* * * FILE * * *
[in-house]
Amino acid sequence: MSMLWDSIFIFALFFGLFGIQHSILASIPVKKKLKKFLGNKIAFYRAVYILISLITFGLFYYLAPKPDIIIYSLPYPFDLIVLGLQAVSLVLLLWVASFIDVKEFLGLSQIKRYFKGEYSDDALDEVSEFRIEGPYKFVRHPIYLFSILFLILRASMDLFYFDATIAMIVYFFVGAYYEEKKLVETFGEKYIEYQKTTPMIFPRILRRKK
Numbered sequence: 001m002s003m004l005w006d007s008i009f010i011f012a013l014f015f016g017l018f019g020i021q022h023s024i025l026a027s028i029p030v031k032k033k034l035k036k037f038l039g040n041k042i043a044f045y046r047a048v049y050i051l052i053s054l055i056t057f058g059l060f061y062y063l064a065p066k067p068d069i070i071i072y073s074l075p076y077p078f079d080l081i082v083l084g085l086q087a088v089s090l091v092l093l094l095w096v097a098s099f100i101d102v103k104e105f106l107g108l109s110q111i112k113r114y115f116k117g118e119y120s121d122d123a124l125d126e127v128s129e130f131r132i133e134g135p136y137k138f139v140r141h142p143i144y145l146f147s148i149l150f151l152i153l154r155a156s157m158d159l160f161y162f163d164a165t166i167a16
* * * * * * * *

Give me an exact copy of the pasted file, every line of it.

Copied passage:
[in-house]
Amino acid sequence: MSMLWDSIFIFALFFGLFGIQHSILASIPVKKKLKKFLGNKIAFYRAVYILISLITFGLFYYLAPKPDIIIYSLPYPFDLIVLGLQAVSLVLLLWVASFIDVKEFLGLSQIKRYFKGEYSDDALDEVSEFRIEGPYKFVRHPIYLFSILFLILRASMDLFYFDATIAMIVYFFVGAYYEEKKLVETFGEKYIEYQKTTPMIFPRILRRKK
Numbered sequence: 001m002s003m004l005w006d007s008i009f010i011f012a013l014f015f016g017l018f019g020i021q022h023s024i025l026a027s028i029p030v031k032k033k034l035k036k037f038l039g040n041k042i043a044f045y046r047a048v049y050i051l052i053s054l055i056t057f058g059l060f061y062y063l064a065p066k067p068d069i070i071i072y073s074l075p076y077p078f079d080l081i082v083l084g085l086q087a088v089s090l091v092l093l094l095w096v097a098s099f100i101d102v103k104e105f106l107g108l109s110q111i112k113r114y115f116k117g118e119y120s121d122d123a124l125d126e127v128s129e130f131r132i133e134g135p136y137k138f139v140r141h142p143i144y145l146f147s148i149l150f151l152i153l154r155a156s157m158d159l160f161y162f163d164a165t166i167a16